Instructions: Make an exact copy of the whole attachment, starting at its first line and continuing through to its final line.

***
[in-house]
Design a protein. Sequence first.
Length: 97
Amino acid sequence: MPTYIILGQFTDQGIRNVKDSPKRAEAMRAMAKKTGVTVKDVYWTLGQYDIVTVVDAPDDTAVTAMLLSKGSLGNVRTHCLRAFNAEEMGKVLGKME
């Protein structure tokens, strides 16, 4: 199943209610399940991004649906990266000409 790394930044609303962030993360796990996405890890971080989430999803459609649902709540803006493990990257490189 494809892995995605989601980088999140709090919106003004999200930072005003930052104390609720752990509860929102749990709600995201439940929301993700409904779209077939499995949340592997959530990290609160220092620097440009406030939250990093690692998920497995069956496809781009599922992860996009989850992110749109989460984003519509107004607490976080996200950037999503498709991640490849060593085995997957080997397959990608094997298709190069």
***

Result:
[in-house]
Design a protein. Sequence first.
Length: 97
Amino acid sequence: MPTYIILGQFTDQGIRNVKDSPKRAEAMRAMAKKTGVTVKDVYWTLGQYDIVTVVDAPDDTAVTAMLLSKGSLGNVRTHCLRAFNAEEMGKVLGKME
């Protein structure tokens, strides 16, 4: 199943209610399940991004649906990266000409 790394930044609303962030993360796990996405890890971080989430999803459609649902709540803006493990990257490189 494809892995995605989601980088999140709090919106003004999200930072005003930052104390609720752990509860929102749990709600995201439940929301993700409904779209077939499995949340592997959530990290609160220092620097440009406030939250990093690692998920497995069956496809781009599922992860996009989850992110749109989460984003519509107004607490976080996200950037999503498709991640490849060593085995997957080997397959990608094997298709190069």